Bay Prawn

Latin names: Metapenaeus bennettae, M. insolitus

Common names: Greasyback Prawn, Greentail Prawn

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Wild Caught


Key Facts

  • Bay prawns are caught using trawl fishing gear in Moreton Bay and inshore and coastal waters further north of Brisbane.
  • Although information on the stock status of bay prawns is minimal, there are no indications of declines in the population. This species grows and reproduces quickly and is resilient to fishing pressure.
  • Bay prawns are caught in muddy and sandy areas that are resilient to disturbance from fishing.The majority of fishing takes place in Moreton Bay Marine Park, where 44% of the Bay is protected from the impacts of trawling and the marine habitat is well understood.
  • The fishery interacts with threatened species, including critically endangered species of sawfish, sea snakes and pipefish. Although efforts have been made to reduce the impact of fishing on these species, catches remain significant although are not thought to be driving further declines in population numbers.
  • The fishery observer program in QLD was cancelled in 2012, meaning there is no independent record of the impact of this fishery on threatened species. Observation of the fishery is considered essential to the management of a sustainable fishery. It is highly likely the impact of the fishery on endangered wildlife is higher than currently recorded.
  • QLD fisheries are currently undergoing broad reforms that should improve this ranking in the future, provided that the reforms deliver the strong and effective management necessary to support sustainable fisheries.

More information

  • QLD River and Inshore Beam Trawl Fishery & East Coast Otter Trawl Fishery – Moreton Bay sector (282t in 2016)

This assessment is based on the current impact of fishing for bay prawns in QLD-managed fisheries. A reform of QLD fisheries is currently underway in order to modernise the management framework, demonstrate sustainability, improve the profitability of the industry and meet community expectations. AMCS will review the sustainability of this fishery following the fishery reform process.

The name ‘bay prawn’ is used for a number of different prawn species; also known as greasyback or greentail prawns, as well as the juveniles of other prawn species. Bay prawns are caught using trawl fishing gear in coastal waters. The majority of the catch comes from Moreton Bay, with additional prawns caught in nearshore waters to the north of Brisbane.

Overfishing is not likely to be occurring according to a basic stock assessment of the dominant species (greasyback prawns), together with fisheries records showing current catches at similar levels of the past decade. Bay prawns are also fast growing and quick to reproduce, which means that this species is relatively resilient to fishing pressure.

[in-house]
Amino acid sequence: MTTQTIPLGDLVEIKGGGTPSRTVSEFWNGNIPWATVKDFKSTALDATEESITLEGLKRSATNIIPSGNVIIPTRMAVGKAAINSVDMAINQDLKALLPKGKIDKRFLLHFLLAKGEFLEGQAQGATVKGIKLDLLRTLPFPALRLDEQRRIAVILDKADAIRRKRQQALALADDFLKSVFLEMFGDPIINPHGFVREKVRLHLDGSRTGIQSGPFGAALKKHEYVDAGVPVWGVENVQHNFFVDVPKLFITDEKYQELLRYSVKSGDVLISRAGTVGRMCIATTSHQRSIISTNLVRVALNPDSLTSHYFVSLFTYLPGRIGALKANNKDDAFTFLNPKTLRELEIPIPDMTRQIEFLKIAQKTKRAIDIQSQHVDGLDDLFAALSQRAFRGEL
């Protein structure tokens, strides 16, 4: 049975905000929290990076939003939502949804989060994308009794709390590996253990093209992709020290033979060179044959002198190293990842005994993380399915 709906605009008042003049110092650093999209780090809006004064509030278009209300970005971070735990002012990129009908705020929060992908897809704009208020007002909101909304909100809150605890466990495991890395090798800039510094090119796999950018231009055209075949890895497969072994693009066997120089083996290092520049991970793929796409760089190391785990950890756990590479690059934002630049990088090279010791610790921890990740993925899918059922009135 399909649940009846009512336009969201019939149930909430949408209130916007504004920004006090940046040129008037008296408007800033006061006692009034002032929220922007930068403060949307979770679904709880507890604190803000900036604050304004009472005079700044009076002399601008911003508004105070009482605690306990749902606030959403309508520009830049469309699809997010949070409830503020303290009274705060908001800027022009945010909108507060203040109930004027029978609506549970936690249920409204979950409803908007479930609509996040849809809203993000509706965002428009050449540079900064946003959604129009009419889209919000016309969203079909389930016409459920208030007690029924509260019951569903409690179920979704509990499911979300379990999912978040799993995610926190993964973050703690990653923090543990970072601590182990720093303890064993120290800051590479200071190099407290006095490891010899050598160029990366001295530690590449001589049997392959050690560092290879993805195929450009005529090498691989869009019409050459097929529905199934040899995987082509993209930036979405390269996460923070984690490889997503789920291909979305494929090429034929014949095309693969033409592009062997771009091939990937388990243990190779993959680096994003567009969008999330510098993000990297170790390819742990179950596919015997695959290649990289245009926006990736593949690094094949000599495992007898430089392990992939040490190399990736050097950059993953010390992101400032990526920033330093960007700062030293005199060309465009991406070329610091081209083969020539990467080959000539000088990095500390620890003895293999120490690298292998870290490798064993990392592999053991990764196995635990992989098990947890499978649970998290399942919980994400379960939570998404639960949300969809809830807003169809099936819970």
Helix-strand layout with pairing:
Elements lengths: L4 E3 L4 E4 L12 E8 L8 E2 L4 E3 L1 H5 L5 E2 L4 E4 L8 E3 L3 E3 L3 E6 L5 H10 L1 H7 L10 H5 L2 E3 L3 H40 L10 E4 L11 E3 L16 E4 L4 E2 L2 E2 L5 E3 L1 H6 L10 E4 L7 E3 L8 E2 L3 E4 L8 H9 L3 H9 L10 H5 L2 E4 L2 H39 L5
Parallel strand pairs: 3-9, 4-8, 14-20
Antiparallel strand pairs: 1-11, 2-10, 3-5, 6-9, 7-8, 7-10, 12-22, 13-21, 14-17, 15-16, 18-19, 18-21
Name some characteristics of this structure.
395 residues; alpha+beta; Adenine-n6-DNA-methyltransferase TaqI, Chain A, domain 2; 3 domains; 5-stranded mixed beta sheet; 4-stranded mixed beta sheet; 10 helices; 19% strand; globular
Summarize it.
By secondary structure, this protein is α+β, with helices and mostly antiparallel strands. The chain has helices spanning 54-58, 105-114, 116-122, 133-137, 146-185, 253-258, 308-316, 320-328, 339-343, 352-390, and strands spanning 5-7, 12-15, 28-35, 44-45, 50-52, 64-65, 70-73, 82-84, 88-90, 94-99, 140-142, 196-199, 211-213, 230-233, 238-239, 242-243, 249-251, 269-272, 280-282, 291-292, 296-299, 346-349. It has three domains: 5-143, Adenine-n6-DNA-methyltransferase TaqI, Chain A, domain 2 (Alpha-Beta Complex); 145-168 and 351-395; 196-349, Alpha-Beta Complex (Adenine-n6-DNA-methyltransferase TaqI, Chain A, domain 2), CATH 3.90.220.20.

Bay prawns are caught using beam trawling in river and inshore coastal areas. Bay prawns are found in muddy and sandy areas that are relatively resilient to fishing pressure as fishing areas have naturally high levels of disturbance from river flows. Comprehensive habitat mapping is available for Moreton Bay, and as a result of marine park management and monitoring, the affected habitats are well understood.

Bycatch reduction devices (BRD) and Turtle Exclusion Devices (TEDs) reduce the amount of threatened and other species that are caught and killed in fishing gear. These devices are mandatory in this fishery and it is believed they have been successful in reducing turtle deaths. However, threatened species bycatch, including of dolphins, turtles, sea snakes, sawfish and seahorses, remains an issue.

Trawl fisheries generally catch a high number of species other than those targeted, which can result in a high volume of discarding of unwanted catch. Discarded catch is not required to be reported in QLD, which means that there is no information on the impact of this fishery on marine animals that have no commercial value.

Independent fishery observer programs are an important method of verifying protected species interactions, as well as other fishery impacts, such as the type and volume of discarded catch. Unfortunately the QLD Government has closed the observer program for all QLD managed fisheries in 2012. In the intervening six years, there has been no independent on-vessel monitoring of the impact of this fishery, which is unacceptable for a fishery operating in ecologically sensitive regions and likely to be interacting with endangered wildlife. Concerns have been raised regarding under-reporting of endangered species caught in Queensland’s trawl fisheries in logbooks. As there is no reliable record of actual protected species interactions over time, the ecological impacts of the fishery cannot be measured or managed.

The majority of the fishery operates within the Moreton Bay Marine Park, where trawling is prohibited in 44% of the Bay. These closed areas are likely to convey some protection for threatened species in the Bay. A report that detailed the risk the fishery poses to the marine environment was not publicly available for consideration at the time of this assessment.

There is a strong potential for this rating to improve in the future, provided that the broad reforms currently underway in QLD deliver the strong and effective management needed to support well managed and sustainable fisheries.